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Last week, big news for you: you opened the Pacific Autisim Family Network in Richmond. It’s been eight years in the making, this 60,000 square foot facility specially designed to meet the needs of children, youths, families and adults with autisim spectrum disorder. Tell me what got you going on the journey to create this centre.

We have a son with autism. It’s difficult…and we’ve found it difficult to find resources and information. We couldn’t find a charity or centre…where do you phone? There isn’t a centralized hub. So my husband and myself put our minds to it and created a charity. Eight years later, this Good Life Fitness autism hub opens in Richmond. It’s a hub-and-spoke model, so you don’t actually have to go to the centre in Richmond: everything that happens there will be happening at the spokes throughout British Columbia, and connected with amazing Telus technology.

So what do you find in the centre?

We have an entrepreneurial innovation area which is also a retail gift store. Individuals with autism will be making things for sale. We’ve got a fantastic health unit, doing genetic research, and also a model for dentistry that features a desensitization chamber to get them in the room to open their mouths to start the dental work. Whether you’re getting diagnosed very young or as a senior, there’s services for you…it’s for the whole lifespan.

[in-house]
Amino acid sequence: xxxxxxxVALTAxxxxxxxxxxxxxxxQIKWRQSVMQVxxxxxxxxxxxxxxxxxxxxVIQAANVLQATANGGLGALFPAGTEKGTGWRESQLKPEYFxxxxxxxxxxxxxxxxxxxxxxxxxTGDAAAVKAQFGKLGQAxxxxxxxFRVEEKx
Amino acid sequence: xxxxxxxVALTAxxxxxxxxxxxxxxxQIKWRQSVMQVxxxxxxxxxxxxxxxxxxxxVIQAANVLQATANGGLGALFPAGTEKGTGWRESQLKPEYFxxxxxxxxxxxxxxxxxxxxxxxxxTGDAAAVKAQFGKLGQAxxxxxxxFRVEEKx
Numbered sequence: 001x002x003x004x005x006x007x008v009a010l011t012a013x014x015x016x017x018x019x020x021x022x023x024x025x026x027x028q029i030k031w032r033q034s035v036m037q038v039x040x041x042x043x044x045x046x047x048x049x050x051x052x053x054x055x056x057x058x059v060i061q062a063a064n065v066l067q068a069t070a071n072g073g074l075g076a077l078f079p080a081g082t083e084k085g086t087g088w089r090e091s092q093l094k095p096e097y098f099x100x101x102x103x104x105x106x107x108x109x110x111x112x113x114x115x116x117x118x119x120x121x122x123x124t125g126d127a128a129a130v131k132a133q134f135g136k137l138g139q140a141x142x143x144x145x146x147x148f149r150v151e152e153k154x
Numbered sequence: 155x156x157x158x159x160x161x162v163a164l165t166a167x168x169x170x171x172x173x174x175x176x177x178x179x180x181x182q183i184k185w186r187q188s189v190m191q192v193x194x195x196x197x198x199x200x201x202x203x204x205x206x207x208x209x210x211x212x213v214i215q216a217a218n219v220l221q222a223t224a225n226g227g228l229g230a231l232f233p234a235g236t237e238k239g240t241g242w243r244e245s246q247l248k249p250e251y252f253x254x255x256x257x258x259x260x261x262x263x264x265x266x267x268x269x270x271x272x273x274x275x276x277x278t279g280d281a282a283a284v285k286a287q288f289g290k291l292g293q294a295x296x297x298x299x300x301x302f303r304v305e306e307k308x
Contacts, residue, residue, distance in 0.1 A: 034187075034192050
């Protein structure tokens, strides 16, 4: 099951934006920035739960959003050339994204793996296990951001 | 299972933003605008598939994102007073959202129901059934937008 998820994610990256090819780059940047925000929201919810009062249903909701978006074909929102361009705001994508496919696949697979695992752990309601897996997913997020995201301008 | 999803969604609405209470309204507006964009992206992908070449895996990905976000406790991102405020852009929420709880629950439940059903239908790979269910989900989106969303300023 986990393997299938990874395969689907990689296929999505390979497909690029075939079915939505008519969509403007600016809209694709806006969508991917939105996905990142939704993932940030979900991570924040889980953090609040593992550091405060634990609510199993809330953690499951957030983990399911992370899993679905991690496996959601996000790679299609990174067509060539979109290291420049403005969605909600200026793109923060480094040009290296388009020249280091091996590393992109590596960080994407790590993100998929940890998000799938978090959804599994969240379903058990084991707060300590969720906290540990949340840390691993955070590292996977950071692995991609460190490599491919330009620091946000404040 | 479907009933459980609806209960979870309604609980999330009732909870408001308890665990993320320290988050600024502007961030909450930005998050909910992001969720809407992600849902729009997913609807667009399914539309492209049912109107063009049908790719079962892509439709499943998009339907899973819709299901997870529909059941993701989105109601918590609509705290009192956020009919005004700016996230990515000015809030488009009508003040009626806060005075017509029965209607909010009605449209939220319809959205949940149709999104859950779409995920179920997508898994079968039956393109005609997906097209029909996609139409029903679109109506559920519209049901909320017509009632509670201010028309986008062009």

The incidence rate for autism is 1 in 42 boys, and 1 in 68 kids. Combine pediatric AIDs and depression and cancer and diabetes, all together the number aren’t equal to autism.

Eight years ago you went to the province, and got $20 million in match funding. What was the first meeting like?

They said to me, “You’re not going away, are you?”

The phrase “that will never happen” is something you’ve heard many times in your life.

It’s happened to me with every endeavour. It started with building the spa in the hotel. I wanted to build a beautiful three star hotel that movie stars would come to, no one thought it was possible. Then we ventured into our international spa product distribution company, where we actually sell to competitors—the industry said that would never happen. There’s a reason some things haven’t come to fruition already, like the charity…they’re hard to do. It takes a lot of door knocking, a lot of meetings, and a lot of patience.